I’d like to see Mindfulness grow in popularity in the same way that microdosing has grown. First, Mindfulness is harmless and has absolutely no risk associated with using it regularly. This may not be the case with frequent psychedelic microdosing. Many psychedelic drugs are synthetic, and long periods of use may be damaging to overall health. While a drug like MDMA is known to produce an energizing effect, distort time and perception, and enhance enjoyment from sensory experiences,” a practice of Mindfulness can have the same results, but without any harmful side effects.

Addiction is another possible long-term risk of microdosing. The mood boosting feeling psychedelics create can be addictive. The “transcendent ecstasy” many people describe while on a drug like psilocybin, can create “peak states of super fluidity,” which evokes a state of harmony and increased energy.

Who wouldn’t want to feel blissed out? But we can achieve a similar state of altered consciousness with Mindfulness, which some describe as a sense of transcendence and of wholeness or “oneness.”  

Ask yourself what state of mind you want to experience, and whether you want to experience it all day. Some people describe microdosing as a transformative experience, saying it makes them feel like the most productive version of themselves. If that’s the case for you, do you want to feel productive all day long, or do you want to give your mind an occasional rest?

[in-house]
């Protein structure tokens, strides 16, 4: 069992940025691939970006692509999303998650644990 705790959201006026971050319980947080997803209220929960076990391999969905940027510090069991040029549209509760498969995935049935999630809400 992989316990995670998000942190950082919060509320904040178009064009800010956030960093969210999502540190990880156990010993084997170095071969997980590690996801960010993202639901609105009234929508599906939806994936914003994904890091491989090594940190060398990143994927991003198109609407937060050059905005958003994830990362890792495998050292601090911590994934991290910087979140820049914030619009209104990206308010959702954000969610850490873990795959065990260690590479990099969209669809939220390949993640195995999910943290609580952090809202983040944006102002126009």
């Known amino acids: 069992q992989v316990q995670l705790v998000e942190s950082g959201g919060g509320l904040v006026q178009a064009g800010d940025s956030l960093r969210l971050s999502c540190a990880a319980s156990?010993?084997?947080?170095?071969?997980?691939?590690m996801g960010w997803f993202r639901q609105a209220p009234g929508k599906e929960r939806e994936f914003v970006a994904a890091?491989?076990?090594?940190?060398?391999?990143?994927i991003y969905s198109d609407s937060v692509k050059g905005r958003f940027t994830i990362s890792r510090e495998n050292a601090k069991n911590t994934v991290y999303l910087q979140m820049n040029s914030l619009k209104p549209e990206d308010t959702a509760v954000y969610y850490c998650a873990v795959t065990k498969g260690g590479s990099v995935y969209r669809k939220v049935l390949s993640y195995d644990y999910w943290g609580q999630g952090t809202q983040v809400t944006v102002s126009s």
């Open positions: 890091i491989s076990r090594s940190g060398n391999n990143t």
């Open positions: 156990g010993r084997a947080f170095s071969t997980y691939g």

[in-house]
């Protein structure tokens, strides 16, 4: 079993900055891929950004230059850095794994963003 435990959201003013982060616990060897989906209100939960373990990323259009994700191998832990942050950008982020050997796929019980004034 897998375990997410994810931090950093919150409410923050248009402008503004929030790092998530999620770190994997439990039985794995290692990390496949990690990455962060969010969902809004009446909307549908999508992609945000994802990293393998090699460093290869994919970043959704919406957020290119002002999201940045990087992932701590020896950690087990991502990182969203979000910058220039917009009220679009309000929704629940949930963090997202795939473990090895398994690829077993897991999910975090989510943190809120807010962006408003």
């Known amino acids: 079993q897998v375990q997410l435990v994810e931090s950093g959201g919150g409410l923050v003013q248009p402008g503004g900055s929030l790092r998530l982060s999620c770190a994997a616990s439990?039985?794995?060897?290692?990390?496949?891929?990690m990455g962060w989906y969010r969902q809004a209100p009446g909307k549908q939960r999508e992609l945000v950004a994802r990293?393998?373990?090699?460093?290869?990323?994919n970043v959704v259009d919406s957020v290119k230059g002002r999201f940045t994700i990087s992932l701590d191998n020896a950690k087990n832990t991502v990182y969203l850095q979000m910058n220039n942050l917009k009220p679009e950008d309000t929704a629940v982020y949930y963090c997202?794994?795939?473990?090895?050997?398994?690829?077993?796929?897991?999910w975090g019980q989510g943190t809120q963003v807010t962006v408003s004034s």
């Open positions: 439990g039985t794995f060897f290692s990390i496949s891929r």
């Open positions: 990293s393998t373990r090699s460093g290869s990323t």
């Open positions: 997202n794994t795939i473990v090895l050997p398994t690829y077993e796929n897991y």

Mindfulness lets us feel present with total awareness. Whether we want to feel productive, blissful and more focused, or feel less anxious, stressed or depressed, we need to learn how to self-regulate what we feel and not have to rely on a substance to do it for us. Feeling high is great, but isn’t it better to feel it through our own ability than through a low dosage of a mind-altering drug?  

Whatever turning on or tuning in means to you, do it mindfully. Be present whether you’re high on psychedelics or from your own control over feelings of happiness and awe.

 And keep this anonymous quote in mind: “Don’t spend your life getting high on drugs; get high on life.”

Mindfulness Versus Microdosing: Get High on Being Present


Ora Nadrich

Ora Nadrich is founder and president of the Institute for Transformational Thinking and author of Live True: A Mindfulness Guide to Authenticity. A certified life coach and mindfulness teacher, she specializes in transformational thinking, self-discovery, and mentoring new coaches as they develop their careers. Contact her at theiftt.org and OraNadrich.com.


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APA Reference
Nadrich, O. (2019). Mindfulness Versus Microdosing: Get High on Being Present. Psych Central. Retrieved on February 27, 2020, from https://psychcentral.com/blog/mindfulness-versus-microdosing-get-high-on-being-present/
Scientifically Reviewed
Last updated: 21 Dec 2019 (Originally: 22 Dec 2019)
Last reviewed: By a member of our scientific advisory board on 21 Dec 2019
Published on Psych Central.com. All rights reserved.